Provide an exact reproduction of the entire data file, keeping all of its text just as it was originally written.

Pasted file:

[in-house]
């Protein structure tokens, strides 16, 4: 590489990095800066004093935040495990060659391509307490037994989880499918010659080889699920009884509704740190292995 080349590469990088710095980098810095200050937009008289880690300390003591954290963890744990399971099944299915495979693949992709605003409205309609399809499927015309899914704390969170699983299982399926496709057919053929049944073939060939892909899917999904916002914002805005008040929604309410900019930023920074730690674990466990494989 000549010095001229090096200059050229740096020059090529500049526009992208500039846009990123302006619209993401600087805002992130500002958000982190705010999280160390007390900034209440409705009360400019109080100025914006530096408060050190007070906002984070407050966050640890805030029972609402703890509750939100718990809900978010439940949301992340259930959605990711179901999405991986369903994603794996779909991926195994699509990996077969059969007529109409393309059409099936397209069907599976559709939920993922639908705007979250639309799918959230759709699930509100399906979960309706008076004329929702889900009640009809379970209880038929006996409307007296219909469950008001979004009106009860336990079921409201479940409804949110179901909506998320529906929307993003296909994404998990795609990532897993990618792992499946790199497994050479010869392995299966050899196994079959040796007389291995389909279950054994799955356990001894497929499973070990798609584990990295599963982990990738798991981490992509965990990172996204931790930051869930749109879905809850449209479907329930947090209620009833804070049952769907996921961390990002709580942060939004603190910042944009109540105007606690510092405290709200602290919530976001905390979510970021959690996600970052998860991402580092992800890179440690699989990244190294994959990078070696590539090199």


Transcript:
[in-house]
């Protein structure tokens, strides 16, 4: 590489990095800066004093935040495990060659391509307490037994989880499918010659080889699920009884509704740190292995 080349590469990088710095980098810095200050937009008289880690300390003591954290963890744990399971099944299915495979693949992709605003409205309609399809499927015309899914704390969170699983299982399926496709057919053929049944073939060939892909899917999904916002914002805005008040929604309410900019930023920074730690674990466990494989 000549010095001229090096200059050229740096020059090529500049526009992208500039846009990123302006619209993401600087805002992130500002958000982190705010999280160390007390900034209440409705009360400019109080100025914006530096408060050190007070906002984070407050966050640890805030029972609402703890509750939100718990809900978010439940949301992340259930959605990711179901999405991986369903994603794996779909991926195994699509990996077969059969007529109409393309059409099936397209069907599976559709939920993922639908705007979250639309799918959230759709699930509100399906979960309706008076004329929702889900009640009809379970209880038929006996409307007296219909469950008001979004009106009860336990079921409201479940409804949110179901909506998320529906929307993003296909994404998990795609990532897993990618792992499946790199497994050479010869392995299966050899196994079959040796007389291995389909279950054994799955356990001894497929499973070990798609584990990295599963982990990738798991981490992509965990990172996204931790930051869930749109879905809850449209479907329930947090209620009833804070049952769907996921961390990002709580942060939004603190910042944009109540105007606690510092405290709200602290919530976001905390979510970021959690996600970052998860991402580092992800890179440690699989990244190294994959990078070696590539090199």